There's a lot of good money in bad news

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The Independent Online

The anxiety in America is providing lucrative opportunities for economists, analysts, hedge-fund managers and every other sort of spoon-bending, star-gazing rune-caster. There's a lot of money to be made from predicting downturns and advising clients - certainly far more than actually betting on the recession and shorting stocks yourself. The demand for People Who Know is all but insatiable - right or wrong, they answer a deep psychological need.

The anxiety in America is providing lucrative opportunities for economists, analysts, hedge-fund managers and every other sort of spoon-bending, star-gazing rune-caster. There's a lot of money to be made from predicting downturns and advising clients - certainly far more than actually betting on the recession and shorting stocks yourself. The demand for People Who Know is all but insatiable - right or wrong, they answer a deep psychological need.

And it's not only the experts - the politicians are also in the market, making capital out of their confident assertions. "The euro has already begun to strengthen against the dollar, and that will probably continue," said John Monks, the union leader, quite as if he knew what he was talking about.

The fact is, he doesn't know. The other fact is that nobody knows. And the last, most interesting fact is that nobody can know. Anyone who says they know is a salesman or a psycho.

There's a test here you can do yourself. Do you actually believe the euro will strengthen this year? If the answer is affirmative then surely you will mortgage your house and invest everything you own into buying euros on the margin, secure in the knowledge that you will be rich in 12 months time. Few of us - even currency specialists - believe anything with this degree of certainty, but very many think we do.

The Fed's Alan Greenspan admits his ignorance cheerfully, insofar as a central banker does anything cheerfully. While he is credited for America's prosperity, he declares that the reasons behind 10 years of growth, rising living standards, the productivity and employment boom are a mystery. Inexplicable. Unknowable. It isn't just modesty that he is expressing but a profound insight into the exhilaratingly unpredictable nature of the world.

William Sherdern's book The Fortune Sellers is a useful supporting text. Sherdern's proposition is that expert economists are as useful as celebrity astrologers in predicting economic events. The forecasts made by six big organisations during the volatile early 1970s were gloriously bad. Out of 48 predictions, 46 missed the turning points in the economy. The big three government agencies - including the Federal Reserve and the Congressional Budget Office - failed by 270 per cent to predict the severity of the 1980 recession, which turned out to be the worst since the Depression.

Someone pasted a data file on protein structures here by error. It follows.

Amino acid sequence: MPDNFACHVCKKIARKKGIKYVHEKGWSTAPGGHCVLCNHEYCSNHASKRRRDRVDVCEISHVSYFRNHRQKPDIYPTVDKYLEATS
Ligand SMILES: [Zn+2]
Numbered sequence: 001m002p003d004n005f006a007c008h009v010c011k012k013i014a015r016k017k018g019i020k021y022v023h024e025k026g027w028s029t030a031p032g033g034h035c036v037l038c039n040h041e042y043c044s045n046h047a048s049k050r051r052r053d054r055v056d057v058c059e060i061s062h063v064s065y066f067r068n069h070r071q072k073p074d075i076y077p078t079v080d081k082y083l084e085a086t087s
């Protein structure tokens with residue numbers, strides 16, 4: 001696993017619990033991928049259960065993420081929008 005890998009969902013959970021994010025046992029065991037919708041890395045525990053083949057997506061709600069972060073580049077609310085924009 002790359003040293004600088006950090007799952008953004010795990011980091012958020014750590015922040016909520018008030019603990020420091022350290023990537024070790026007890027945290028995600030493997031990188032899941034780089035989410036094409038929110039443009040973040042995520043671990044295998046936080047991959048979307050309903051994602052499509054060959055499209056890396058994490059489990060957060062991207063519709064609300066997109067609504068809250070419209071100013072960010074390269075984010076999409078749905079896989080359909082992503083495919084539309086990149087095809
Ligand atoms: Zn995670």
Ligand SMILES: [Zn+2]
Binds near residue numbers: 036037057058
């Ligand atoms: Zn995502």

So he draws lessons from the fortune-selling industry: the naive forecast (which says that next year will be the same as this year) is a more reliable guide to the future than anything else. He says that economists' forecasting skill is on average about as good as coin-flipping. There are no economic forecasters who consistently lead the pack in forecasting accuracy. Increased sophistication, such as the use of computers, provides no improvement in forecasting accuracy. Consensus forecasts offer little improvement. There is no evidence that forecasting skill has improved over the last three decades.

Indeed, he says, when the IMF and the OECD claimed their forecasts were more accurate at the start of the 90s, they were correct. However, over the same period, the naive model had become even more accurate. "The notion that the economy has regular business cycles is a myth," Sherdern says. "Although the economy surely fluctuates between good times and bad, it does so irregularly." In the words of the forecaster and founder of Chase Economics, Michael Evans: "The problem with macroeconomic forecasting is that no one can do it."

This is an important subversion of our ruling class. For all the Prime Minister's talk of not returning to the boom and bust of Tory years, he hasn't the first reliable idea of what will happen to the economy this year.

And he can't have.

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